An Army Air Force pilot from Pennsylvania killed during World War II has been accounted for almost eight decades later, military authorities said.
The Defense POW/MIA Accounting Agency said on May 22 that 2nd Lt. James Litherland, 25, of South Williamsport was accounted for in March.
In February 1944, Litherland was co-piloting a B-17F Flying Fortress that was struck by anti-aircraft fire after a bombing raid on a German V-2 rocket site in Bois-Coquerel, France. Three airmen parachuted to safety but Litherland and six other crew members were still on board when the plane crashed near Le Translay, France, authorities said.
Six sets of remains were recovered near the crash site but only five were identified. In 2018, more material was recovered from the crash site and the unknown remains were exhumed from a cemetery in France. Dental and anthropological analysis and DNA evidence was used to identify the remains as those of Litherland, officials said.
Litherland’s daughter, Suzanne Walker, called the efforts to identify his remains “amazing,” PennLive.com reported. Born on the day of the crash—“I imagine the grief of my mother”—Walker said she learned the recovery team used Google maps to locate the crash site and did a hand dig to find the remains, which included one of his dog tags she now has.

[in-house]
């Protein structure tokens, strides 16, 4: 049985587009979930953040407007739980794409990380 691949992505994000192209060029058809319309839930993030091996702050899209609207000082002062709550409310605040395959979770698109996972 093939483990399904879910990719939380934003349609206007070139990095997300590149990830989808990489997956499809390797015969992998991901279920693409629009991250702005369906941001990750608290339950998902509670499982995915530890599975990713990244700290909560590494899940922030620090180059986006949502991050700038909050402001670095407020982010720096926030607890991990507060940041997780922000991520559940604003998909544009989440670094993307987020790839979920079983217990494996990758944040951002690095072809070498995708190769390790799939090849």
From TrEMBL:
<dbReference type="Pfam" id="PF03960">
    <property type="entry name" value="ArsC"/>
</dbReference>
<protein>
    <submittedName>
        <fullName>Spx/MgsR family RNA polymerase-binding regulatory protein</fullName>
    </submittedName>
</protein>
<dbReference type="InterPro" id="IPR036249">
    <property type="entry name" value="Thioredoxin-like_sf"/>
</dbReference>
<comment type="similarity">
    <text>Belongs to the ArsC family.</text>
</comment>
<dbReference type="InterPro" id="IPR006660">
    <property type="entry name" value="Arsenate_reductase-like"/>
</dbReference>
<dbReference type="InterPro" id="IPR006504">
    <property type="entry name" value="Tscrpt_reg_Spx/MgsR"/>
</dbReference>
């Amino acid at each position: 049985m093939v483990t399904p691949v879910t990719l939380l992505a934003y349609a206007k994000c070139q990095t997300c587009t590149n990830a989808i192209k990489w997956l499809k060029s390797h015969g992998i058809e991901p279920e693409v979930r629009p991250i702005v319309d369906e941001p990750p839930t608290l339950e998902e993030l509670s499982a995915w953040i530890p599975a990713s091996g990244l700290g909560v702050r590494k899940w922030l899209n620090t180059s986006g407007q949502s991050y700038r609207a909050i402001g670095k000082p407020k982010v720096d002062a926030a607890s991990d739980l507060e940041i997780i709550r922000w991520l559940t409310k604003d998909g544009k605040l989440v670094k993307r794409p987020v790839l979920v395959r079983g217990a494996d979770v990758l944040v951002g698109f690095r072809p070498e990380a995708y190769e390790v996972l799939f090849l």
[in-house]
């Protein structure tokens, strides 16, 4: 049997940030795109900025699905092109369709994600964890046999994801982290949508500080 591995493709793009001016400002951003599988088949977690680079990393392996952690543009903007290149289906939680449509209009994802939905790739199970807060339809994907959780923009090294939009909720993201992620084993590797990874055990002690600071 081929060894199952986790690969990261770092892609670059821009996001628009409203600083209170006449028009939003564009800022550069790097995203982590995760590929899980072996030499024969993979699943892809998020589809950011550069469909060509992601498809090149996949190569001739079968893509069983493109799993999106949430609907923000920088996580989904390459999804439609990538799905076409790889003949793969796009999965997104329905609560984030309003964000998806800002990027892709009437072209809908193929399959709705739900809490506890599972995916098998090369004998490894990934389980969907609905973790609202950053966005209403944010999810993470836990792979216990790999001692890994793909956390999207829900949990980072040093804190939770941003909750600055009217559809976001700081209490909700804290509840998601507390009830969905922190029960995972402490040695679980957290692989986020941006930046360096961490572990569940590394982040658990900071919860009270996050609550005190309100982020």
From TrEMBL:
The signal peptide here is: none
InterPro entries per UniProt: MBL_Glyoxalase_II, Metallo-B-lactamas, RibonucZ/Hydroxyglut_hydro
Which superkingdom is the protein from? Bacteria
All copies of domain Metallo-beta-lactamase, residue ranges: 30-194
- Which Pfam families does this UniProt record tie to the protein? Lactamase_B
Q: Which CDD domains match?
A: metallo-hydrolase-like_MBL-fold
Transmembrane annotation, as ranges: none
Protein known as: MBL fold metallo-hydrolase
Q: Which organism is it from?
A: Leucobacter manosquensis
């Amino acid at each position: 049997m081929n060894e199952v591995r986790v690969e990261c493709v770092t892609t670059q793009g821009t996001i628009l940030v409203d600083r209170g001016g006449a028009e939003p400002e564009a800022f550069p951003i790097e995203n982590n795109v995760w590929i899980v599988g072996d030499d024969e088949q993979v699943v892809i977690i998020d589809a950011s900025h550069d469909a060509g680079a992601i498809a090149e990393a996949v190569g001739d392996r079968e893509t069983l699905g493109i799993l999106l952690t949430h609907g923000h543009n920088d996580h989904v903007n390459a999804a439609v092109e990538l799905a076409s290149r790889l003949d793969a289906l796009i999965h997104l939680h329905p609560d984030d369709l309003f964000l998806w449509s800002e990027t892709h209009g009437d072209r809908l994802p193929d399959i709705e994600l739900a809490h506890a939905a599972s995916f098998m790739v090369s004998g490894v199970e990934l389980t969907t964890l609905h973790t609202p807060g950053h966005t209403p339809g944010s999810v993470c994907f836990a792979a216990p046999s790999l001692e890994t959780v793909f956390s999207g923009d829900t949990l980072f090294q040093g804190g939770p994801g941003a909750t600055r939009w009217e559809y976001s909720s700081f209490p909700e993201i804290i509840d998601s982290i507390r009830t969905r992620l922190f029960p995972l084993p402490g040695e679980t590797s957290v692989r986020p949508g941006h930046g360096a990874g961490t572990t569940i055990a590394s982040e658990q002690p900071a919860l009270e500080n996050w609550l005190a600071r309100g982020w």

“That was the biggest surprise,” she said. “I never expected it.”
Walker said she has little memorabilia about her father and hopes someone comes forward with pictures or other items. Through her research, she has learned he was an outdoorsman and with friends built a toboggan slide on the side of the mountain near their home.
She thinks about “what he may have been.” He would now be a great-grandfather.
Litherland will be laid to rest in Williamsport. Walker said she had the opportunity to have her father buried in France but “wanted him to be with his family.” His father and grandfather are buried in Wildwood Cemetery, where there is a headstone for him, she said.
Literland’s name is recorded on the Tablets of the Missing at Ardennes American Cemetery in Neupré, Belgium, along with others still missing from WWII. Military authorities say a rosette will be placed next to his name to indicate that he has been accounted for.